Gentle readers, I haven't had a clean-out-the-gaskets rant against mediocrity in a long time, for which you are grateful. However, the time is nigh. Buckle your seatbelts.
I am utterly convinced that any divisions we have in the Catholic Church (and probably the larger Christian Church as well) are 3% on doctrine, and 97% about our differing readings of culture. (That's a rant, you think? No, that's academic prolegomena. I'm getting warmed up.) Last week I mentioned that I knew a lot of people who claimed they wanted to know theology or catechetics but really wanted missiology, a way to think about how to be Church amidst the culture of death.
My friends (and they are friends) smirked. Because I used that phrase: culture of death.
I am flummoxed by people who dismiss this idea, that we are afloat in a culture of death. Of course good things happen, and there are good people out there, but that isn't culture! Culture is the way human beings come together to make sense of the world through concrete policies, practices, and values. And this culture does not consistently value all human life. Period.
Let me put it this way: I live a pretty charmed existence, (lower) middle class in the sedate Upper Midwest, with a lovely family and work I love. But I am also surrounded by people interested in slashing human dignity at every turn: hospitals that ask me with every pregnancy (for over two hours at the mandatory genetic questioning intake) are you sure you don't want to kill your child, part of a Church where a majority of practitioners support torture, a country that increasingly encourages assisted suicide over being human and holding that person's hand, a nation at war for reasons I *still* cannot understand, a neighborhood where a mother of a child with Down Syndrome had an acquaintance tell her (IN FRONT OF THE CHILD) "why didn't you just abort him?", a town where there are homeless families facing the "slow kill" of living on the street, and more. If this isn't the culture of death, well, what the ^%(&%)# is?
Really, where is this denial coming from? I'm all for applauding the potential of human cultures, but to do that at the expense of misdiagnosing the culture we participate in seems almost diabolical. It is, at minimum, ridiculous.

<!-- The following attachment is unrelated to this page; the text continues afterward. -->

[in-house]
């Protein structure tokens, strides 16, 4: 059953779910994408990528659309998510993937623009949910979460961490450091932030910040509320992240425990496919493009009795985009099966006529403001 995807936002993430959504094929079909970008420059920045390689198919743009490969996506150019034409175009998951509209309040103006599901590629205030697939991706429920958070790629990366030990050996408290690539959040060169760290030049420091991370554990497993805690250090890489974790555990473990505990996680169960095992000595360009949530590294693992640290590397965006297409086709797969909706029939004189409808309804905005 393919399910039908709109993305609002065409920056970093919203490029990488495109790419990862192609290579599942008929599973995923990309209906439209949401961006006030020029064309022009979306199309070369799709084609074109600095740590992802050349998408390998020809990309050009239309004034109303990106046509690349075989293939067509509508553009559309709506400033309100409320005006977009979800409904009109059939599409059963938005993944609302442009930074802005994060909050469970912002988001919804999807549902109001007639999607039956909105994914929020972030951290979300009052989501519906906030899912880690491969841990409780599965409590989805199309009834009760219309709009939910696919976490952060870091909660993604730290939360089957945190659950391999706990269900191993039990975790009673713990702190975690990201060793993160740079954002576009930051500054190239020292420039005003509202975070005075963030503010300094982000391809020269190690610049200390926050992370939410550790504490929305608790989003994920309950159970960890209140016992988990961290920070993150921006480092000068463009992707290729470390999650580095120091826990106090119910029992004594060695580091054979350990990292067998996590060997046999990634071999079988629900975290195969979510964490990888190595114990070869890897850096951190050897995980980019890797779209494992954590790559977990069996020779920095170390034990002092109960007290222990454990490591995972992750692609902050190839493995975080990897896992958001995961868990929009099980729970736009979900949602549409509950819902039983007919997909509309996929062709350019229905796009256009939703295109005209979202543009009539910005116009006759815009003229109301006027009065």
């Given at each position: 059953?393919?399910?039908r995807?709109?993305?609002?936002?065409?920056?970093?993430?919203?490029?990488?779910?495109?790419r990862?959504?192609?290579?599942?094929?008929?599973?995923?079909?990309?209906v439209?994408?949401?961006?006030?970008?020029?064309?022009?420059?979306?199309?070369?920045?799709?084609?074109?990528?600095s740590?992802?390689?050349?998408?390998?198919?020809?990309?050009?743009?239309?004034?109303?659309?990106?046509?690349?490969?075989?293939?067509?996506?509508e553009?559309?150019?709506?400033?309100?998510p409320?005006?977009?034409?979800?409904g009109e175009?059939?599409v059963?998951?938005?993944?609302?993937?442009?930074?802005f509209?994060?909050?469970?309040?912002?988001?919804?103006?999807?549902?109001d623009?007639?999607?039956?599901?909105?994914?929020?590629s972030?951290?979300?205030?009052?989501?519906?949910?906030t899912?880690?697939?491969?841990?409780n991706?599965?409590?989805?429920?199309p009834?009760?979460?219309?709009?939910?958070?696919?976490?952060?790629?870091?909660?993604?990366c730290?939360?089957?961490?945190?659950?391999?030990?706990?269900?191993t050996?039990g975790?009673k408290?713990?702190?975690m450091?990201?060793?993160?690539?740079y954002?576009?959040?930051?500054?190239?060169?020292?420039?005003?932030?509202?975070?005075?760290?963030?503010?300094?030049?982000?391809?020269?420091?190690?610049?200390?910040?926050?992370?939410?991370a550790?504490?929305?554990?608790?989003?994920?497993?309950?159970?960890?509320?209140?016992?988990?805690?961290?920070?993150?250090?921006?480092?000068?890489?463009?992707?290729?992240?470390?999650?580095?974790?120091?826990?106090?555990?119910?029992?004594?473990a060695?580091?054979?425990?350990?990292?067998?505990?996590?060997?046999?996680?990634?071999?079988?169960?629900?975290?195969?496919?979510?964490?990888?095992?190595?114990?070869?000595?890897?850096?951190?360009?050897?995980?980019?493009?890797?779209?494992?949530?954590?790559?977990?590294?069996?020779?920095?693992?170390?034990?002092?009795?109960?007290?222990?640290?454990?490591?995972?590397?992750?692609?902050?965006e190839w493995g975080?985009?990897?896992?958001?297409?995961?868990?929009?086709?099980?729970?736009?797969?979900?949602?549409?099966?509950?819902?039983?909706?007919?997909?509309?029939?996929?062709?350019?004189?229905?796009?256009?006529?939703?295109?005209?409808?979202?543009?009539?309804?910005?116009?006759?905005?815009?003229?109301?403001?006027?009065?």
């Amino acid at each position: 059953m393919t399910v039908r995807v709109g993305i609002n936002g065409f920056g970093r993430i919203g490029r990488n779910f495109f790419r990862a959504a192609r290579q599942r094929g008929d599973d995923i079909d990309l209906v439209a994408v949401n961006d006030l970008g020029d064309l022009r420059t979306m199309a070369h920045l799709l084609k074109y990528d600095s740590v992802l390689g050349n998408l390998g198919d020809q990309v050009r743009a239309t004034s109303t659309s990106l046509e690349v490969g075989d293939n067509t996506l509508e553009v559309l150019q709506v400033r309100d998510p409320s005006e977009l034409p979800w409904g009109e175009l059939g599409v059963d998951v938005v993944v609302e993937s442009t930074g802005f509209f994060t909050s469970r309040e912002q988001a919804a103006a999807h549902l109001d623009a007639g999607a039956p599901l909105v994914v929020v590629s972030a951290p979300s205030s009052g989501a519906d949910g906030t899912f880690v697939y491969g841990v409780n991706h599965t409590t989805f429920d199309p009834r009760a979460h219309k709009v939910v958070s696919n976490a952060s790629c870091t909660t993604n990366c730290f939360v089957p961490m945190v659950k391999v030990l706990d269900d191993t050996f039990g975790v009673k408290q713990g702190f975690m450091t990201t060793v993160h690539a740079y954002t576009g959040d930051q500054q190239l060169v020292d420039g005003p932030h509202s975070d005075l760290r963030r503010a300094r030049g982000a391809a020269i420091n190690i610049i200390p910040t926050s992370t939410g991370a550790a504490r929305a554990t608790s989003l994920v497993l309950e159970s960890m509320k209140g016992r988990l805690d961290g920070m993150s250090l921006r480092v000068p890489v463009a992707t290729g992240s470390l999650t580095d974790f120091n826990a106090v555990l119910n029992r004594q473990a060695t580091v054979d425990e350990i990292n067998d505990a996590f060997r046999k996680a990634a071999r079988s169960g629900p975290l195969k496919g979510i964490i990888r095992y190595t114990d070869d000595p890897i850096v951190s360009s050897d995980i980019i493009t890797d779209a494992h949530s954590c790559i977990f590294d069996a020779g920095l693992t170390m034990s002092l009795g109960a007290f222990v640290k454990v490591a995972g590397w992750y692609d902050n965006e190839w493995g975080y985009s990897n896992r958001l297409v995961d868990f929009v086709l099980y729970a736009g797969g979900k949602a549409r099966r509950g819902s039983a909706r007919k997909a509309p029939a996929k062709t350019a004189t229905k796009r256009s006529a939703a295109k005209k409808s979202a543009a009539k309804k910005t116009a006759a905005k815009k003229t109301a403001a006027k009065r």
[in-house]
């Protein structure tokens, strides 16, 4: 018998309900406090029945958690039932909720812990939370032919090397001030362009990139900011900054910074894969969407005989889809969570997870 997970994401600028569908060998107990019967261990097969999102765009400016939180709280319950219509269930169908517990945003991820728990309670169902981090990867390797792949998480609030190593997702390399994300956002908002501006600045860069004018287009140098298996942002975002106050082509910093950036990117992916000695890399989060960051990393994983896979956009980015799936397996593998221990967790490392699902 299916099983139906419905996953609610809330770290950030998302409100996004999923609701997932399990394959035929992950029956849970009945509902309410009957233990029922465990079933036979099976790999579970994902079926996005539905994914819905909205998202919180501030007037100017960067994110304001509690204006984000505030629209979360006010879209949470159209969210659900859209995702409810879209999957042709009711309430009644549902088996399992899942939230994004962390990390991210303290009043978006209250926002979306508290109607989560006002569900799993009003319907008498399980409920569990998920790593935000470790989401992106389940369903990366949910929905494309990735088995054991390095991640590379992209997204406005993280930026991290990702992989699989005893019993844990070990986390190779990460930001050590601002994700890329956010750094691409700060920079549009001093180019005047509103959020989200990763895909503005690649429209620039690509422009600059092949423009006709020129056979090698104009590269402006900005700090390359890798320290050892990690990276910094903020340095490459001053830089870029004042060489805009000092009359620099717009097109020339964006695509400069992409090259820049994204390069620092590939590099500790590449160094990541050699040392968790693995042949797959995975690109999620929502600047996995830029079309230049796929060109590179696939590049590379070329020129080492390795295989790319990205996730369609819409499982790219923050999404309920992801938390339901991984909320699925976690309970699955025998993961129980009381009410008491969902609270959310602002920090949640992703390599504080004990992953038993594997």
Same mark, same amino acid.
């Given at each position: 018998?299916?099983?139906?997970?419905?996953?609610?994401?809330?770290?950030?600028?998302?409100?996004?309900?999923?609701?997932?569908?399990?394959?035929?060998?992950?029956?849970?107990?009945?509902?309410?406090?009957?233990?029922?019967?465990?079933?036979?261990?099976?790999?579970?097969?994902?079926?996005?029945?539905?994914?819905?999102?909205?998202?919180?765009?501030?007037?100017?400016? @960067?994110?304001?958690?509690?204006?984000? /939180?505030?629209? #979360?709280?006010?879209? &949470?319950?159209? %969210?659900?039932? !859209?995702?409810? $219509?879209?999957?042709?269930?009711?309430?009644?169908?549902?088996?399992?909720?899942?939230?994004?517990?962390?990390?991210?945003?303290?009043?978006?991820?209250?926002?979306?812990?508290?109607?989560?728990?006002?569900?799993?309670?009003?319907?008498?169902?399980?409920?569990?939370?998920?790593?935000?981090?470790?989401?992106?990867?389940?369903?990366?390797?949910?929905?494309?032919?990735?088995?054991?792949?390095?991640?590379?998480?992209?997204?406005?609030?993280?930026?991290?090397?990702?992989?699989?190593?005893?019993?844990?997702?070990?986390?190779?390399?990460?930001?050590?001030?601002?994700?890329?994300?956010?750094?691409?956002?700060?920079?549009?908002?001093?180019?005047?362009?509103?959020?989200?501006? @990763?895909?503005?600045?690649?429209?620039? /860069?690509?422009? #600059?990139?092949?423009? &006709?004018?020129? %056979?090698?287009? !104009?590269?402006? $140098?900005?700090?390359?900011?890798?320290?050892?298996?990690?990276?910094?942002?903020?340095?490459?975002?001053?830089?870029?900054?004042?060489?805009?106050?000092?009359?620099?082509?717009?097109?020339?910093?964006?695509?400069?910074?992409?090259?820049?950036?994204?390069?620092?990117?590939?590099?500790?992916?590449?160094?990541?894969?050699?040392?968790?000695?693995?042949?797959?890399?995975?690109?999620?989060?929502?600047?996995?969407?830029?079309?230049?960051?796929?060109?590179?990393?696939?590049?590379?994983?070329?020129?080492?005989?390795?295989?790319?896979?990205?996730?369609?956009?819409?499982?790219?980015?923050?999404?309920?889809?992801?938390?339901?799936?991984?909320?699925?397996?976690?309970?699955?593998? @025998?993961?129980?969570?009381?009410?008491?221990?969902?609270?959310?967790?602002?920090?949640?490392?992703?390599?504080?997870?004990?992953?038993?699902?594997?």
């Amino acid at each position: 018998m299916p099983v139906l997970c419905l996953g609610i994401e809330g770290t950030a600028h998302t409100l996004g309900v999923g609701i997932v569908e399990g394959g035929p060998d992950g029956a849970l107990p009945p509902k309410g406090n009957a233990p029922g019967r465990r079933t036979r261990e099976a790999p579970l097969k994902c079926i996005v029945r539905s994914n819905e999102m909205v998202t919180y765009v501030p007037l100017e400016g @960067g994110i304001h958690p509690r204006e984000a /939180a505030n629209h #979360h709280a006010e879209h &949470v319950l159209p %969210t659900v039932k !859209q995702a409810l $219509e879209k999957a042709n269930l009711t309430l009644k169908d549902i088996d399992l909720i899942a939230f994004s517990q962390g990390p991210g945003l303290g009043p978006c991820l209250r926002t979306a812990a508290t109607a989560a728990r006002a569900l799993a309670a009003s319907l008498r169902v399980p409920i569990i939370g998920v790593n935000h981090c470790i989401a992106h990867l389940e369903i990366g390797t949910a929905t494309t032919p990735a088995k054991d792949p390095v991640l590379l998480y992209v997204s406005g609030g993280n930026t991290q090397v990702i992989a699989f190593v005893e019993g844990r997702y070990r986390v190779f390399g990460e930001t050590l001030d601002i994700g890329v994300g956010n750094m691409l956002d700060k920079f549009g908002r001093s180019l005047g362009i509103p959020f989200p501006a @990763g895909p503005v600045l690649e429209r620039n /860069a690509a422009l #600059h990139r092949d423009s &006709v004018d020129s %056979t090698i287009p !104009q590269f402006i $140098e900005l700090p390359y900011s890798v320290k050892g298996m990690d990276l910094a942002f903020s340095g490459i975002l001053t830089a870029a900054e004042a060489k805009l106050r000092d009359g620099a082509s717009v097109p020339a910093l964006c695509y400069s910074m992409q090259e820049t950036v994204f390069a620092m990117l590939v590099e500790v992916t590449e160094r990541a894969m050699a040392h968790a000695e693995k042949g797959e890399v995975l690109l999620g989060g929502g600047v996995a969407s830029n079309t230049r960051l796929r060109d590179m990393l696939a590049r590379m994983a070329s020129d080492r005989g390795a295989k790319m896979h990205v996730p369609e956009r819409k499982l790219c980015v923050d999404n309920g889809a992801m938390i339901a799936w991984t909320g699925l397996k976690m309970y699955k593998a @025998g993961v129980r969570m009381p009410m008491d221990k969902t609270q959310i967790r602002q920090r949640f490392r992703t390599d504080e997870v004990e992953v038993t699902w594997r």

I wish I had the presence of mind at the time to throw in some quip about Satan. I can't quite make the explicit connection, but I think people with a dismissive attitude about spiritual warfare tend to pooh-pooh the culture of death diagnosis. I don't know anyone (who's Catholic, anyway) who denies the existence of Satan. But I do think most people think of him as a kind of generalized way to talk about evil.
Here's the thing: Satan is no generalized concept. Satan is a hyena. He is an opportunist. He is not a planner; he can't plan, because God is the Master Planner of the Universe, and God has won the ultimate victory over his designs. We're dealing with Satan sniping at the flanks here (Rev 12). But plan or not, he can look for weaknesses and chinks in our armor, and can and will ruthlessly exploit them. To be human is to be wounded, at least past a certain age--it comes with vulnerability. But people who have suffered major trauma (go back and see the list that makes the culture of death argument above, and more)--Satan can and will try to go in for the kill.
What, you think that isn't very sporting of him? Not very gentlemanly?
People!!! This is Satan we're talking about, not the opposing football team! Satan is the father of lies and a thief from the beginning! Why would he abide by any rules of fair play? Hurt people are bleeding meat to him! And as the father of lies, he can plant all kinds of supposedly soothing bromides into a hurt person who allows him in: I had no real choice, I had to do that. My country, right or wrong. I hated seeing that/doing that/supporting that, but who wouldn't? Of course that was awful, but I'll get over it if I put my mind to something else. They didn't really want to live like that, right? In any case, there was no choice. I just had to. Everybody says so. And I'll make sure everyone else gets the support I didn't feel when I was wavering in that decision....
And that "making sure everyone else gets the 'support' to choose to end life" is called the culture of death.
Name it for what it is, people. And maybe a little missiology is exactly what American Catholics need right now. That, and the courage to say God has overcome the Evil One, and the revealed venue of the grace to cling to God is most fully held in the Catholic Church.
Live in reality, people. Over and out.